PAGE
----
I, of course, believe that newspapers play a vital role in the life of our nation. As Jerry Coleman (1924-2014), former Major League Baseball second baseman and, at one time, a play-by-play announcer for the San Diego Padres, put it, "A day without newspapers is like walking around without your pants on." I’d say that’s pretty vital.
The people of the community of Vermilion, Ohio have managed to keep their drawers on since about 1876 when the “Vermillion Bugle” became their primary news source. It was printed by the “Amherst (Ohio) Free Press”. It is said that another weekly published by a Mr. Ruggles called “The Vermillion Times” may have helped secure the trousers of local citizens between the demise of the “Bugle” in 1879 and the first publication of “The Vermillion News” in 1897. But thanks to the “News” and the “Photojournal” the metaphorical trousers of the community have remained safely in place for over a century now without a hitch.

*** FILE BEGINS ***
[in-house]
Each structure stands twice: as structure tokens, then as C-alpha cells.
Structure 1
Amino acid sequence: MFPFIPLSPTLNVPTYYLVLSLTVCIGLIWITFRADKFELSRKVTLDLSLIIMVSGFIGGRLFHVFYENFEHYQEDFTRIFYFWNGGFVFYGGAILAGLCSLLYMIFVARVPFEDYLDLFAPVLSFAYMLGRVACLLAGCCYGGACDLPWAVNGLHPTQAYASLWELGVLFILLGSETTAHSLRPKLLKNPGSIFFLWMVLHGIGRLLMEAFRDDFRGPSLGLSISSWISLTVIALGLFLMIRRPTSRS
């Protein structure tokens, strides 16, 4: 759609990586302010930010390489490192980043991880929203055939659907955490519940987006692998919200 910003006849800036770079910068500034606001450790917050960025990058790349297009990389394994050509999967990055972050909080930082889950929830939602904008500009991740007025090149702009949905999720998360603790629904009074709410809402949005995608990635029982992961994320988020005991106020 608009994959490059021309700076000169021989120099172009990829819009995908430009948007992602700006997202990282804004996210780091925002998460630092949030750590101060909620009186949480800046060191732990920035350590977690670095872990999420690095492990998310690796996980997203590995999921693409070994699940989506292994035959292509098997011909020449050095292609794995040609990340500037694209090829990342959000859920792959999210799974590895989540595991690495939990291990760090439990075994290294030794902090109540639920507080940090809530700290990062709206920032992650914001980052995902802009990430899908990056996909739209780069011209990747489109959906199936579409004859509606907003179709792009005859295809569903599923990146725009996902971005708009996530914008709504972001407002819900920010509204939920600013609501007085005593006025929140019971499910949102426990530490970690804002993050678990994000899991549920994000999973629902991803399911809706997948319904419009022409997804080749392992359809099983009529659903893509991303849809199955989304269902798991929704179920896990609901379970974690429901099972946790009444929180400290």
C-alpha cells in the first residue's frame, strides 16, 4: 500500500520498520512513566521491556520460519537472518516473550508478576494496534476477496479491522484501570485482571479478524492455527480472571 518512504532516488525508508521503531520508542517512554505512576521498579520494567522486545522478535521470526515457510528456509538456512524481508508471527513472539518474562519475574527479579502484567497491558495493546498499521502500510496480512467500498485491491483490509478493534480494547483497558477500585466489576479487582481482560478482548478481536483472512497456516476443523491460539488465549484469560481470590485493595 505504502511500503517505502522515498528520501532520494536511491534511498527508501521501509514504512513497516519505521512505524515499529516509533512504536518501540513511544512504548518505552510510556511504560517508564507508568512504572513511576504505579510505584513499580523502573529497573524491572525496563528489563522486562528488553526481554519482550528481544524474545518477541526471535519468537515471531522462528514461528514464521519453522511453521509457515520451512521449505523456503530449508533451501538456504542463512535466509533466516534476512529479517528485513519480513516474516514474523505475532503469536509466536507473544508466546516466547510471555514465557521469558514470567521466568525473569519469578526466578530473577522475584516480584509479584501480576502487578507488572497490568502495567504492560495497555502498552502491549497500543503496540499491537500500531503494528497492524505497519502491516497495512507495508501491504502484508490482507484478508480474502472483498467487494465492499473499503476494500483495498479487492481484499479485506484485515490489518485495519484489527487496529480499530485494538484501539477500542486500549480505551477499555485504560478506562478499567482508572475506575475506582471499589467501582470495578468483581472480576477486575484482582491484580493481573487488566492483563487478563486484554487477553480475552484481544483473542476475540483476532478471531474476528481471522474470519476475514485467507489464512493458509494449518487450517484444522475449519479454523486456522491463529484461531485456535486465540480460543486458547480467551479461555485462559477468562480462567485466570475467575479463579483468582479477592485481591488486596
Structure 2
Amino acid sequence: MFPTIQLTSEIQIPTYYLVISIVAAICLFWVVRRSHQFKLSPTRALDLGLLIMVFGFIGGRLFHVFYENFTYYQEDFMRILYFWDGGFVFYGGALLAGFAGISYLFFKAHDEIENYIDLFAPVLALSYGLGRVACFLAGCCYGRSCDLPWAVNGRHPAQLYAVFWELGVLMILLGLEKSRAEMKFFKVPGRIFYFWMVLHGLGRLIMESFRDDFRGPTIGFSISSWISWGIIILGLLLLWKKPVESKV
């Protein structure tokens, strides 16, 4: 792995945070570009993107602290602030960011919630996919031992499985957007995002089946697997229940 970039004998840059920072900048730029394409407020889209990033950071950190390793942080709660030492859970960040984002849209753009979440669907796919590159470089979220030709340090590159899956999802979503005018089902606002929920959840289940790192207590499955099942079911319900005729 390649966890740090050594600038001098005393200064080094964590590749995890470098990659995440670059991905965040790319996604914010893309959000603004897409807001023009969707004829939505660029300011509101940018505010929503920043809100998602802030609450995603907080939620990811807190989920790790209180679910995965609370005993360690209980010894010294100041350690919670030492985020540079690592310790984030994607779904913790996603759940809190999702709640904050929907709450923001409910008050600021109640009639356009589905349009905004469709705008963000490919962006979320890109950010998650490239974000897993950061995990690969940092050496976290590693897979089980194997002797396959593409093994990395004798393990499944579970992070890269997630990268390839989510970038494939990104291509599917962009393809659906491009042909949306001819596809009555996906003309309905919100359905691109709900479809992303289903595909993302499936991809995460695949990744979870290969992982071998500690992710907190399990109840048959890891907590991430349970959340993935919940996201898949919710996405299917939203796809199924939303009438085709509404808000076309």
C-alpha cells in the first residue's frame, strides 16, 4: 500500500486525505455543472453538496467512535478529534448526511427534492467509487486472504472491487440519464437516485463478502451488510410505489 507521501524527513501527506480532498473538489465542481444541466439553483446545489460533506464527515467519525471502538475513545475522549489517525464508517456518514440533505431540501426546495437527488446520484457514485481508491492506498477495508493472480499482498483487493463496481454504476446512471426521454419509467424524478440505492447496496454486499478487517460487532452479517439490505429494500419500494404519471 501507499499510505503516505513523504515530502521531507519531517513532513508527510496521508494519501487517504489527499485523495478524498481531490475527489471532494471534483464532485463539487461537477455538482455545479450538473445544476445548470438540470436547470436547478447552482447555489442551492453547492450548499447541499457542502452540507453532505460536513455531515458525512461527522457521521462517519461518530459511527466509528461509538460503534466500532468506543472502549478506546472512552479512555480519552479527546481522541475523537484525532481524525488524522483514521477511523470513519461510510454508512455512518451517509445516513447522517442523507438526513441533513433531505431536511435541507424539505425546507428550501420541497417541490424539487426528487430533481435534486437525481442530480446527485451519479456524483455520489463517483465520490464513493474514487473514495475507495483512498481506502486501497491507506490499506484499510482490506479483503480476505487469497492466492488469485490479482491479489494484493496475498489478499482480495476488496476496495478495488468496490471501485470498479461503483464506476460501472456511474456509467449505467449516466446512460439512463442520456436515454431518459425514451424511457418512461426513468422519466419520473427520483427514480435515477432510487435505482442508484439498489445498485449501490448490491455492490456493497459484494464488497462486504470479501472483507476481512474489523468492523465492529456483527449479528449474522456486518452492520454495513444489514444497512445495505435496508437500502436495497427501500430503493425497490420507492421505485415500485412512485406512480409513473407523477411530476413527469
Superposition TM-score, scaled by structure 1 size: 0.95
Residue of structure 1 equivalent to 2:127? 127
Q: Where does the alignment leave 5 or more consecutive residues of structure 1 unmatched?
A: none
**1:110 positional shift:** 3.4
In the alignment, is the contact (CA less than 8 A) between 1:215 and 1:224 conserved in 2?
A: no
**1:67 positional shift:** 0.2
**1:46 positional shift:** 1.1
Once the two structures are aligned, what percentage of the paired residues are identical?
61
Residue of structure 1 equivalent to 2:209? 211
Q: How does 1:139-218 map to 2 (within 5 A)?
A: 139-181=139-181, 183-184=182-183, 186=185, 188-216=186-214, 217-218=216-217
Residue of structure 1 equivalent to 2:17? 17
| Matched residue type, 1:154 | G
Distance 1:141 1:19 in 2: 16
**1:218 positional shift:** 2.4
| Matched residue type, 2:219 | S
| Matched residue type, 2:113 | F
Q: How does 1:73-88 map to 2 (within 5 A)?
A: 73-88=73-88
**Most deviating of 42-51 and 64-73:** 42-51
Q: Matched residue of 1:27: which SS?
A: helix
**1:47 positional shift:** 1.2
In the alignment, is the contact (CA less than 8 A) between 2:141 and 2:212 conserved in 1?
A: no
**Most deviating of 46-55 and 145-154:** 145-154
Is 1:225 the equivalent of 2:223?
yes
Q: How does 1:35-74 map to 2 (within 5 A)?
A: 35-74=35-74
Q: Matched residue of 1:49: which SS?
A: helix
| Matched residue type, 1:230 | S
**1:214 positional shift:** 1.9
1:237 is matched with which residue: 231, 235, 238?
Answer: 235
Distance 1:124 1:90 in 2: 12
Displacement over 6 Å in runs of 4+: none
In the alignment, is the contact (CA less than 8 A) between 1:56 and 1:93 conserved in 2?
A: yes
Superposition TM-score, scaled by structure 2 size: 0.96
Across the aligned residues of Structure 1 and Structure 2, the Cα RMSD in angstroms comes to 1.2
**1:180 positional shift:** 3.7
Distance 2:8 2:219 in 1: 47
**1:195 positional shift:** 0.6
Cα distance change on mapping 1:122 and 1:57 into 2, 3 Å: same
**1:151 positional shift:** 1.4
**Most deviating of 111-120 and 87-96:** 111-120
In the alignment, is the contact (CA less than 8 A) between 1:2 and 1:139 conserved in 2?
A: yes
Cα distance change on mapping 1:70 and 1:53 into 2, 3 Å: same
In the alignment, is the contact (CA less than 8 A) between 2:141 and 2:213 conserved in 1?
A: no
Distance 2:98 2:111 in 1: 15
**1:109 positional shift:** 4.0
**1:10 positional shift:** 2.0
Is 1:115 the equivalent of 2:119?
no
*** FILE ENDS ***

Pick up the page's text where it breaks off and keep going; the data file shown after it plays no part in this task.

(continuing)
The fella who started this 122-year old journalistic expedition came to Vermilion from Greensprings, Ohio in 1897. His name was Robert Whitmore. He set up a press in a building known as the “Wells Building” (aka. The Seminary) on the east side of Grand Street just north of the railroad tracks. That historic landmark disappeared from our cityscape sometime in the 1960’s or 70s.
By November of 1898 Robert grew tired of the business and his father George (inset photo) - who had been drawn to Vermilion because of the glowing recommendations of his son - took over the operation. For whatever reason George named H.A. Haven as the publisher. “H.A. Haven” - a fairly distinguished looking / sounding name - was actually George’s mother Hattie.